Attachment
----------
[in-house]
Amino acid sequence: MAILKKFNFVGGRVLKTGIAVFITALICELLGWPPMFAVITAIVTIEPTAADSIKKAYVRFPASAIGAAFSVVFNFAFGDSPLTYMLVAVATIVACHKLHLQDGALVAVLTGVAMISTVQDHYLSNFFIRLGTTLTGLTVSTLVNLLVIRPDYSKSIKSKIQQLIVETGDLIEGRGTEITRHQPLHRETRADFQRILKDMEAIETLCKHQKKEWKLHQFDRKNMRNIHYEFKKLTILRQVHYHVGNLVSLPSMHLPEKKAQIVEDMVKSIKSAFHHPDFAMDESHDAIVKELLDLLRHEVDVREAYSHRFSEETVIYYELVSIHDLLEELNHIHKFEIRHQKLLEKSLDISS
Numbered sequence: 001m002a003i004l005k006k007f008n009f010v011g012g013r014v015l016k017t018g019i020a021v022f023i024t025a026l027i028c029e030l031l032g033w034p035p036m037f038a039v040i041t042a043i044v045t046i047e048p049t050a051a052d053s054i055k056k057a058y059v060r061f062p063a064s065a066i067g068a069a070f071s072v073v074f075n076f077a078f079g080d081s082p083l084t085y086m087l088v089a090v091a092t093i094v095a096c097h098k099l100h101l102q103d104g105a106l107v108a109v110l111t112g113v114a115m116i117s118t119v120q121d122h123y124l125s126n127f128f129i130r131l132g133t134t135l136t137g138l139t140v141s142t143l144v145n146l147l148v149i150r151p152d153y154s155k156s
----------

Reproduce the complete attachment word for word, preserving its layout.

[in-house]
Amino acid sequence: MAILKKFNFVGGRVLKTGIAVFITALICELLGWPPMFAVITAIVTIEPTAADSIKKAYVRFPASAIGAAFSVVFNFAFGDSPLTYMLVAVATIVACHKLHLQDGALVAVLTGVAMISTVQDHYLSNFFIRLGTTLTGLTVSTLVNLLVIRPDYSKSIKSKIQQLIVETGDLIEGRGTEITRHQPLHRETRADFQRILKDMEAIETLCKHQKKEWKLHQFDRKNMRNIHYEFKKLTILRQVHYHVGNLVSLPSMHLPEKKAQIVEDMVKSIKSAFHHPDFAMDESHDAIVKELLDLLRHEVDVREAYSHRFSEETVIYYELVSIHDLLEELNHIHKFEIRHQKLLEKSLDISS
Numbered sequence: 001m002a003i004l005k006k007f008n009f010v011g012g013r014v015l016k017t018g019i020a021v022f023i024t025a026l027i028c029e030l031l032g033w034p035p036m037f038a039v040i041t042a043i044v045t046i047e048p049t050a051a052d053s054i055k056k057a058y059v060r061f062p063a064s065a066i067g068a069a070f071s072v073v074f075n076f077a078f079g080d081s082p083l084t085y086m087l088v089a090v091a092t093i094v095a096c097h098k099l100h101l102q103d104g105a106l107v108a109v110l111t112g113v114a115m116i117s118t119v120q121d122h123y124l125s126n127f128f129i130r131l132g133t134t135l136t137g138l139t140v141s142t143l144v145n146l147l148v149i150r151p152d153y154s155k156s